Emperor’s Club

Movie Review by EDF

Starring: Kevin Kline, Steven Culp, Embeth Davidtz, Patrick Dempsey, Joel Gretsch
Director: Michael Hoffman

They say things happen in threes and if you were to include THE EMPEROR’S CLUB with DEAD POET’S SOCIETY and GOOD WILL HUNTING, then you might just be in for a bit of a disappointment. While the general story idea and performances are commendable, the stories pace and any real suspense is unfortunately lacking.

William Hundert (Kevin Kline), St Benedict’s assistant headmaster, teaches classic Roman and Greek history and lives by its principles. His classroom is filled with artefacts and statues from that era. William motivates his students by getting them to dress up in togas whenever he is teaching Roman history and organises a yearly classic history elimination quiz which comes down to a three way final for the convenient Julius Caesar title. In the fall of 1972, when the troublesome Sedgewick Bell (Emile Hirsch) is introduced to the class, it becomes evident to Hundert that he will have to use all of his knowledge to mould Sedgewick into a model student.

Challenging Hundert’s authority at every turn, Sedgewick’s charisma and wild ideas slowly turn the students to like him. His suitcase is full of Playboy magazines, cigarettes and firecrackers. He breaks the rules by getting into contact with residents of the nearby girls school and leads his classmates in a perfectly timed slam of their textbooks. Any form of punishment handed to Sedgewick does not seem to faze him.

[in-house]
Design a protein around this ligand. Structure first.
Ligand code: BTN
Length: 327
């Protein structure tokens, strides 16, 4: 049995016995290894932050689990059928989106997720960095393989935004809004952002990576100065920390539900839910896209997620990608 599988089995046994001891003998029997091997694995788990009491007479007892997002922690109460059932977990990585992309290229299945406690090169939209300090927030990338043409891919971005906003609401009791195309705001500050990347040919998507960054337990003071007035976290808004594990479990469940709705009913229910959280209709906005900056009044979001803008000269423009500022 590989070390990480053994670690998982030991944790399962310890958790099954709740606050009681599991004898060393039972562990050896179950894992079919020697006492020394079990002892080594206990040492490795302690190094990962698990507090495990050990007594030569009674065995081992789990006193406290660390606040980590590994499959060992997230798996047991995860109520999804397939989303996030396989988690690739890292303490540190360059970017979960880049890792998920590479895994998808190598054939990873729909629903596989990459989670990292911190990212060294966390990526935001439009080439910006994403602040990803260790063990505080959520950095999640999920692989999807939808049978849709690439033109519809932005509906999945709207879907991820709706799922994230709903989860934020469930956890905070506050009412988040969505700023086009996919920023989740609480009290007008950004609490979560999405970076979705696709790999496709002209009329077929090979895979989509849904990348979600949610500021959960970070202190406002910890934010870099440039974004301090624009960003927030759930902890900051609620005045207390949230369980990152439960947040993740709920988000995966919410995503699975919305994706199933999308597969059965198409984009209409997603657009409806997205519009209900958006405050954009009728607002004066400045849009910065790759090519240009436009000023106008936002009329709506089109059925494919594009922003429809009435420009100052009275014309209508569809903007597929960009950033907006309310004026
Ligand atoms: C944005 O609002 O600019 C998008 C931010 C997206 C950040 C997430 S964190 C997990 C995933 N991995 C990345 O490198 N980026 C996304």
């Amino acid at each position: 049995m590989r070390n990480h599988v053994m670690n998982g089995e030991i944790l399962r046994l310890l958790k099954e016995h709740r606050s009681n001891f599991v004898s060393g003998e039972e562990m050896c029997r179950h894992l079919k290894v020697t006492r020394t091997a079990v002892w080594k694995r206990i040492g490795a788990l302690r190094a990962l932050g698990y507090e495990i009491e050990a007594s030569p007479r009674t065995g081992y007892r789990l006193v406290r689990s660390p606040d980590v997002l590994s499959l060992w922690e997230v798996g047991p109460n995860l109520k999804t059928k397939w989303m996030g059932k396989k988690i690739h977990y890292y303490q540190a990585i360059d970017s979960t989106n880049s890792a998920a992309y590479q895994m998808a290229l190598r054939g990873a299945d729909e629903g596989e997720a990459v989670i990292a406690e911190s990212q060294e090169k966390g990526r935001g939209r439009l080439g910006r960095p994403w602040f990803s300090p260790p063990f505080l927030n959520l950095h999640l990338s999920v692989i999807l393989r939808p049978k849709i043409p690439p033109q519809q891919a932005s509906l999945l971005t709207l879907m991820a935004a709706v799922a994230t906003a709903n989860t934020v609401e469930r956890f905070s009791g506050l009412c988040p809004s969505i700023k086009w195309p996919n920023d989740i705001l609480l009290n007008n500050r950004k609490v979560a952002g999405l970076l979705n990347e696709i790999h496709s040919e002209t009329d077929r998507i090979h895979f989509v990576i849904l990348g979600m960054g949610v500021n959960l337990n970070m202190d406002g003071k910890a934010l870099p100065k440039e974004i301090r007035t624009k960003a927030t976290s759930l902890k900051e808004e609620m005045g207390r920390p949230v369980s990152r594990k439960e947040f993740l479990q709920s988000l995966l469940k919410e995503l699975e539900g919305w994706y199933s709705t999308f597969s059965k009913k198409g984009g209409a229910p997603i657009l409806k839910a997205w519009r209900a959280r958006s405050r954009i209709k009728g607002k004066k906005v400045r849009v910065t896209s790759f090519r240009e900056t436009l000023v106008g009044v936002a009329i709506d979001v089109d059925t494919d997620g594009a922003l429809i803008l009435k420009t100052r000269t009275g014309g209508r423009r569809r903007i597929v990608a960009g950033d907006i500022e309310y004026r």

When Serdgewick’s work finally hits an unacceptable level, Hundert arranges a meeting with his father, Senator Hyram Bell (Harris Yulin). Hundert reveals to the Senator that he will do all he can to mould his son in the way the Senator tells him, in his capacity as Serge’s teacher, but also that as the father, the Senator should be the role model for his son. On his return to St. Benedict, Hundert encourages Sedgewick to participate in the Julius Caesar finals by bending his own rules for Sedgewick to succeed. Will Sedgewick live up to Hundert’s expectations or will his students suffer as a consequence?

This intelligent movie is based on the Ethan Canin’s short story ‘The Palace Thief’. The story highlights the tough choices facing a teacher and his expectations of how his students will turn out. The movie’s slow pace does not really do anyone any favours even when the second half of the movie centres on a 25-year class reunion. Waiting for the end of the movie is like waiting for the bell to ring at the end of a class.

3 out of 6 stars

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